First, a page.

ISSN 0439-755X
CN 11-1911/B

中国科学院心理研究所

• 研究报告 •

阅读进度反馈信息对工作同盟和咨询效果的影响

1. 1华中师范大学心理学院
2青少年网络心理与行为教育部重点实验室
3人的发展与心理健康湖北省重点实验室
4华中师范大学大学生心理健康教育中心, 武汉 430079
• 收稿日期:2020-07-01 出版日期:2021-04-25 发布日期:2021-04-07
• 通讯作者: 于丽霞 E-mail:yulixia@mail.ccnu.edu.cn
• 基金资助:
*国家社会科学基金重大项目(16ZDA232);*人的发展与心理健康湖北省重点实验室开

Progress feedback and its effects on working alliance and treatment outcomes

SUN Qiwu1,2, WU Caizhi1,3, YU Lixia1,2(), WANG Weixin4, SHEN Guocheng4

1. 1School of Psychology, Central China Normal University
2Key Laboratory of Adolescent Cyberpsychology and Behavior (Central China Normal University)), Ministry of Education
3Key Laboratory of Human Development and Mental Health of Hubei Province
4Mental Health Service Center, Central China Normal University, Wuhan 430079, China
• Received:2020-07-01 Online:2021-04-25 Published:2021-04-07
• Contact: YU Lixia E-mail:yulixia@mail.ccnu.edu.cn

Abstract:

Progress feedback involves collecting patients’ ratings on treatment outcome by session and providing feedback to therapists on patient progress. Research has indicated that the positive effect of progress feedback on psychotherapy outcome is a promising advancement. However, a recent meta-analysis showed that progress feedback may only have a small to medium effect for non-severe patients. Also, the theory which explains the effect of progress feedback is very much limited. Before implementing progress feedback in China, it is necessary to test its effect on working alliance and treatment outcomes in a natural setting.
It is believed that Chinese are taught to obey their parents, respect elders, and restrain themselves to keep family harmony. Such schemas are subsequently transferred to their social life in the forms of respecting authority/superior, maintaining interpersonal harmony, which will lead to an indirect style of communication. Progress feedback from patients’ weekly reports can be used as a correction method for incongruences between therapists and patients without discussing it immediately and face-to-face, and thus can improve the quality of working alliance and treatment outcomes. The current study used a culturally-adapted version of progress feedback in a university counseling center. Research assistants collected patients’ ratings on working alliance and treatment outcomes and emailed the results with interpretations to the therapists, who were then encouraged to use feedback information to improve treatment outcomes.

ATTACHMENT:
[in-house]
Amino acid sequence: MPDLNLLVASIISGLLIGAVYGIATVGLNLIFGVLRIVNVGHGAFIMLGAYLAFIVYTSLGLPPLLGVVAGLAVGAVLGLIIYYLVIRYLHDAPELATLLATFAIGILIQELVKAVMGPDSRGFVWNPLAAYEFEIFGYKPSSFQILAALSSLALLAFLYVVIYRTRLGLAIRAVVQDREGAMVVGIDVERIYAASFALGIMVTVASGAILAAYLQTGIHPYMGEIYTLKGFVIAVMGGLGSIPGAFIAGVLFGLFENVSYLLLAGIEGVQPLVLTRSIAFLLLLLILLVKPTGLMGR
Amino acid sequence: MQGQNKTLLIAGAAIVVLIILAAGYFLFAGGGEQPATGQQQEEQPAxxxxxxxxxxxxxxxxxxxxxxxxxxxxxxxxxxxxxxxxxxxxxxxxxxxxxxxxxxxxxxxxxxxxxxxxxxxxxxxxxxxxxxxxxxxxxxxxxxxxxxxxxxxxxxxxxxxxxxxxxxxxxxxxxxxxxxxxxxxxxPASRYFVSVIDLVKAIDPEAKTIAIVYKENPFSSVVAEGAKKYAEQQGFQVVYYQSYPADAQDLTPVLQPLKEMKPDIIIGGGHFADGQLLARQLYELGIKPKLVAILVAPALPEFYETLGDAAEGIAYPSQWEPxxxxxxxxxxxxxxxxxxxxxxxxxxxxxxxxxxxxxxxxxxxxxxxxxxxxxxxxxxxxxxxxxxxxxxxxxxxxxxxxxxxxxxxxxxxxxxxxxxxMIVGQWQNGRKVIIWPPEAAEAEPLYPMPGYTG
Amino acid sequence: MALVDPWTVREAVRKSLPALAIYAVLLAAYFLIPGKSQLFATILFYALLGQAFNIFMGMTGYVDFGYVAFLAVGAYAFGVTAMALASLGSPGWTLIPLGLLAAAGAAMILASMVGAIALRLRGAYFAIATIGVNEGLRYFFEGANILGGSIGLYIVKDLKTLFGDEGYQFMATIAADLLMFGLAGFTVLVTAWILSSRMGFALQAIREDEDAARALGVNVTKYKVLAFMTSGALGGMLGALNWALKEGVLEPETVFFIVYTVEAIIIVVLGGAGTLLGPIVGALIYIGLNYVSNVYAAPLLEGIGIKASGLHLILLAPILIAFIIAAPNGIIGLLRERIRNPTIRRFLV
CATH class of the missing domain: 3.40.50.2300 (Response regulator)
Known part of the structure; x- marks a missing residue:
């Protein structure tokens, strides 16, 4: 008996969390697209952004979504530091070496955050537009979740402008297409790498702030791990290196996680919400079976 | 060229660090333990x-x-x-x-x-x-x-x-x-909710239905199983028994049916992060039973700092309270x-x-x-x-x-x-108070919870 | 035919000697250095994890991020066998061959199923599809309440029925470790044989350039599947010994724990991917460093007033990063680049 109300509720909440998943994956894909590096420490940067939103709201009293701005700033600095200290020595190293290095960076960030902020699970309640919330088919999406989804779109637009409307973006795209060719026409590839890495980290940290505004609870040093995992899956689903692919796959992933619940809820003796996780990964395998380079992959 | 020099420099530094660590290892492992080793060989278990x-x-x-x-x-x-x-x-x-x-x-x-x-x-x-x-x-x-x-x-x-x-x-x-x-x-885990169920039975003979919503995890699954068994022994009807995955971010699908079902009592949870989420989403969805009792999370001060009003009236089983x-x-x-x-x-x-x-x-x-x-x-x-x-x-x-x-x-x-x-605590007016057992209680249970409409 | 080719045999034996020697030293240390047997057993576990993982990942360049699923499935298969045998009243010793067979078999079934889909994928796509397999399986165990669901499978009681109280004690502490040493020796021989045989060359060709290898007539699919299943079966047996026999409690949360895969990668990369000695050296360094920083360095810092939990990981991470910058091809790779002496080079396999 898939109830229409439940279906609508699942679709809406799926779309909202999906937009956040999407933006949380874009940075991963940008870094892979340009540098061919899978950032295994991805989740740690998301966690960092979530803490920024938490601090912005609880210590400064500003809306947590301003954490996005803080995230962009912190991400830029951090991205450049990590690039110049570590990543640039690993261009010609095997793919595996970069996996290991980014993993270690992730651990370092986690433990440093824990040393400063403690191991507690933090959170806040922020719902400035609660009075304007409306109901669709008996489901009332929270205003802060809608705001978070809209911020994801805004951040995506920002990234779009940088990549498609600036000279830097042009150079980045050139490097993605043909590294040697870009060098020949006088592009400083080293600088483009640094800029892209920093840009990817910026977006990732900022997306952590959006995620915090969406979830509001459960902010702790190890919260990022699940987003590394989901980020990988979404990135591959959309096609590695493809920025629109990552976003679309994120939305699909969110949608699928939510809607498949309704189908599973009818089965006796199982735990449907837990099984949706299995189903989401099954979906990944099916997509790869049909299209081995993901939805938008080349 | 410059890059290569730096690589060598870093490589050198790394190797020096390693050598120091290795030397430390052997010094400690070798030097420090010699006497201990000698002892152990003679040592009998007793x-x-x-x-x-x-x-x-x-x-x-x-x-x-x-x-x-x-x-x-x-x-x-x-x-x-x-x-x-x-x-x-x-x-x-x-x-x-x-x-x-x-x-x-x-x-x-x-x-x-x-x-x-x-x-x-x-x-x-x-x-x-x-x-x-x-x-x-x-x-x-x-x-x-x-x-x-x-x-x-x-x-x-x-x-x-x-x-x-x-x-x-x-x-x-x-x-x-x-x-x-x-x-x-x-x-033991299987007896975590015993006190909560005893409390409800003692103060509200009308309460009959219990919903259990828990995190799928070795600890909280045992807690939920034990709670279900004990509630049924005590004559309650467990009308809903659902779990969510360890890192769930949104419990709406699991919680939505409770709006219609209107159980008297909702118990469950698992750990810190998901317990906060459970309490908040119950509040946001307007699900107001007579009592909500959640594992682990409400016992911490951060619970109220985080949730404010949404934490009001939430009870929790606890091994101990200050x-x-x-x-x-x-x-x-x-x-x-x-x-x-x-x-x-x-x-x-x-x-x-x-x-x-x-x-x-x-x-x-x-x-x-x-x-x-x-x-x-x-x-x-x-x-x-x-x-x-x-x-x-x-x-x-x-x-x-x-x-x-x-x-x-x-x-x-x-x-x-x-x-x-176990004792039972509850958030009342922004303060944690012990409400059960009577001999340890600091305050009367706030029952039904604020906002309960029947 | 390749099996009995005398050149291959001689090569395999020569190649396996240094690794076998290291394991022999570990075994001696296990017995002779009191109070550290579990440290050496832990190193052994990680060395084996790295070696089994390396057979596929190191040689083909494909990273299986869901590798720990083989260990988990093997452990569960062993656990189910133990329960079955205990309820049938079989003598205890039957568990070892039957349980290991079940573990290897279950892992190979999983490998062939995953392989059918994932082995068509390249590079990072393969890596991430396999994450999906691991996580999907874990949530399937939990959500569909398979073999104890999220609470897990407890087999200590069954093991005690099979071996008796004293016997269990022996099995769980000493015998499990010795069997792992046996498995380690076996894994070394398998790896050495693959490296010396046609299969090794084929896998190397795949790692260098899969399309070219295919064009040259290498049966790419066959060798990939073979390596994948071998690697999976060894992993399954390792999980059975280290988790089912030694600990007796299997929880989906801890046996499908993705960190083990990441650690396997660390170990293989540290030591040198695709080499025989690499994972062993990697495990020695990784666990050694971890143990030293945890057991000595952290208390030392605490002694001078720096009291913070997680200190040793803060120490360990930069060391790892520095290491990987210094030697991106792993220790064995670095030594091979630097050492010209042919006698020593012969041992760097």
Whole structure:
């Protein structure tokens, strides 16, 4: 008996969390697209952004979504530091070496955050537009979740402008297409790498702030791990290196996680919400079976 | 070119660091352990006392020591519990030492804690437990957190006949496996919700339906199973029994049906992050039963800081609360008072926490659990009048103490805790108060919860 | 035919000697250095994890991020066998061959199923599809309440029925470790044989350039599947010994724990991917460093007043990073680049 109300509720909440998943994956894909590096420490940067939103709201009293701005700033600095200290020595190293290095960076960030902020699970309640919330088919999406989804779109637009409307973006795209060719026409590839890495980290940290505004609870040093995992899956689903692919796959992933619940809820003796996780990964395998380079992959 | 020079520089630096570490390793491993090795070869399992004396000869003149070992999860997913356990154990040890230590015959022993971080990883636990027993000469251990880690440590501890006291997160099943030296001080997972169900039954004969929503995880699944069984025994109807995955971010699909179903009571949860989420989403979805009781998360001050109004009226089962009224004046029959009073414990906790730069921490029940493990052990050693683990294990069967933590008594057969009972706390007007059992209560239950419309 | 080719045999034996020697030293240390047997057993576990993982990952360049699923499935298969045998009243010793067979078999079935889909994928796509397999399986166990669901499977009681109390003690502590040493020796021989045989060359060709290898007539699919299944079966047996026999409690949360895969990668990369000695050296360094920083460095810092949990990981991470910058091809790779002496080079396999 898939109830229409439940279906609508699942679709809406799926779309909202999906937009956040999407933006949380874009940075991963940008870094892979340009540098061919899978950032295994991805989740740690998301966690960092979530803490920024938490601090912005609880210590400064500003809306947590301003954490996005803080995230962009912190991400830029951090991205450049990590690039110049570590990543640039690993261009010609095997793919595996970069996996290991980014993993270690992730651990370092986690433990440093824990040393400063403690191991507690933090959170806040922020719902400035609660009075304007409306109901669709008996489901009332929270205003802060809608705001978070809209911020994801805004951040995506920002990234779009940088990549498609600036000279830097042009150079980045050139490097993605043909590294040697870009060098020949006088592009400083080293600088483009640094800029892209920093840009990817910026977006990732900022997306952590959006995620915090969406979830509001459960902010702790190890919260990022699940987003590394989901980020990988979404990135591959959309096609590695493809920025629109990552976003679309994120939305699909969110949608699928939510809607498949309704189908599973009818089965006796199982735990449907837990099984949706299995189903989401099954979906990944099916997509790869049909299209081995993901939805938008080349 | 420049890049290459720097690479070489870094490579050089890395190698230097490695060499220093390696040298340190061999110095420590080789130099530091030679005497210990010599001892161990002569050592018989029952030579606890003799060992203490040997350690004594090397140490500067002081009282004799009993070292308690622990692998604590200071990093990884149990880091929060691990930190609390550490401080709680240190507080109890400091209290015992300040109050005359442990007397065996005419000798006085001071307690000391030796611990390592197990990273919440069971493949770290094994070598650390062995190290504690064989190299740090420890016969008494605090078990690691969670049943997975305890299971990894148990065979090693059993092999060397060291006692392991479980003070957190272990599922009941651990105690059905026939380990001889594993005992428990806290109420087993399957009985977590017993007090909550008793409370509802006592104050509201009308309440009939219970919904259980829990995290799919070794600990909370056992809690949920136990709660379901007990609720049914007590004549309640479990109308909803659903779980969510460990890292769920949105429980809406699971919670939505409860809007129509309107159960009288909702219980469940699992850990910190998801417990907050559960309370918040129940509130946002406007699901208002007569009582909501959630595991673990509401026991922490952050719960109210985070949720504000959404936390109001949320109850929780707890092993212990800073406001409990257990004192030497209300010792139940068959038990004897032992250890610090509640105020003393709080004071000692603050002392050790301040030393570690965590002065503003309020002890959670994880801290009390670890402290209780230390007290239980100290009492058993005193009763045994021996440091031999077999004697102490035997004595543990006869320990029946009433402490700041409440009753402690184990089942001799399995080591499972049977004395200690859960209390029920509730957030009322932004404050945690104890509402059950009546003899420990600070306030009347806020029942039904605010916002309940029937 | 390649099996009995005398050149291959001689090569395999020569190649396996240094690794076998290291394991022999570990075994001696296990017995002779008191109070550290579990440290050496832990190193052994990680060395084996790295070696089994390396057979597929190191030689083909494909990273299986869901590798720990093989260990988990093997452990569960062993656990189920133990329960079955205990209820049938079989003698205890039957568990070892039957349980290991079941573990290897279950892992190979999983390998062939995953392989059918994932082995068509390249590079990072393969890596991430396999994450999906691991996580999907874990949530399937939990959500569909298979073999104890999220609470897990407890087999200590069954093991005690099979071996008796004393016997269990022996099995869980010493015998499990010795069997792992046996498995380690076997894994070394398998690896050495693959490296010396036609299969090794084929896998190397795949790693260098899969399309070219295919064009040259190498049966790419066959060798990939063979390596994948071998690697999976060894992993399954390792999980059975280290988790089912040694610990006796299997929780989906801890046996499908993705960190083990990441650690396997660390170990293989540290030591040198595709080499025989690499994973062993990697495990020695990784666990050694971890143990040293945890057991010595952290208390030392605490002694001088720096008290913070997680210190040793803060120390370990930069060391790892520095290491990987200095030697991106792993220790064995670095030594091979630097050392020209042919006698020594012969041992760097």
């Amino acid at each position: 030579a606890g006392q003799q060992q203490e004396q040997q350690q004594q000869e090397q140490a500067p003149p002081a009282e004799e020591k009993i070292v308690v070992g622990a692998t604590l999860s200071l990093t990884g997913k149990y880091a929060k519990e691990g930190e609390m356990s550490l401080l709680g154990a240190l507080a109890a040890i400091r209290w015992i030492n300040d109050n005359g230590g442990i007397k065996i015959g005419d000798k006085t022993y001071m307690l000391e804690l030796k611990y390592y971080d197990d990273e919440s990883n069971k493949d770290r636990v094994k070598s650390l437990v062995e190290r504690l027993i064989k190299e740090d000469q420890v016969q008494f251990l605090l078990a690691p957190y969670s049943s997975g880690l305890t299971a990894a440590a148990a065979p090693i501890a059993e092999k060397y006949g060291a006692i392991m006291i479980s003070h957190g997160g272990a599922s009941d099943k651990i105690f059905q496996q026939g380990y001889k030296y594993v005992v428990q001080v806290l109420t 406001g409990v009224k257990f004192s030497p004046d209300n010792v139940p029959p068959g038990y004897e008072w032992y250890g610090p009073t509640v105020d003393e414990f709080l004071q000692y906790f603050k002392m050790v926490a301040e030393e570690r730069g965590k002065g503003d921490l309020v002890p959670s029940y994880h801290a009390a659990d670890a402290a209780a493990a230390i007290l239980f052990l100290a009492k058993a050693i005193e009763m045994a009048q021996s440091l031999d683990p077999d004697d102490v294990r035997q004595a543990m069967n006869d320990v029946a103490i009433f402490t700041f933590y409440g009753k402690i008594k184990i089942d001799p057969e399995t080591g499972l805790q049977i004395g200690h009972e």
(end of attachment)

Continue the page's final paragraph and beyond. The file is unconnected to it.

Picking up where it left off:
The participants included 48 therapists and 445 patients (of which 350 were used for analysis). Post survey indicated that 80% therapists read progress feedback information based on which they were divided into feedback and non-feedback group. CORE-OM10 was used to evaluate symptoms before each session, and WAQ was used to evaluate the working alliance after each session. PHQ-9, GAD-7, and CORE-OM-34 were used before and after treatment. Multi-level structural equation models were used to analyze the data. Results showed that progress feedback had a medium effect on working alliance but no effect on treatment outcomes (measured by CORE-OM) at the between-person level. At the within-person level, the results affirmed the reciprocal model of alliance-outcome, which indicated that the model is consistent and steady across cultures. In addition, the feedback group had better treatment outcomes measured by PHQ-9 and self-rated helpfulness measured after treatment.
The results were discussed under the three possible mechanisms of progress feedback. Progress feedback may correct the bias of the therapist’s self-evaluation on treatment process, as well as the incongruence and alliance ruptures between therapists and patients. The cultural-specific factors may also contribute to the effect of progress feedback (e.g., indirect communication style). The support from regular supervision for therapists under progress feedback was emphasized as well. Overall, the present study suggested the positive effect of progress feedback on the working alliance and treatment outcomes in a Chinese counseling center based on practical evidence.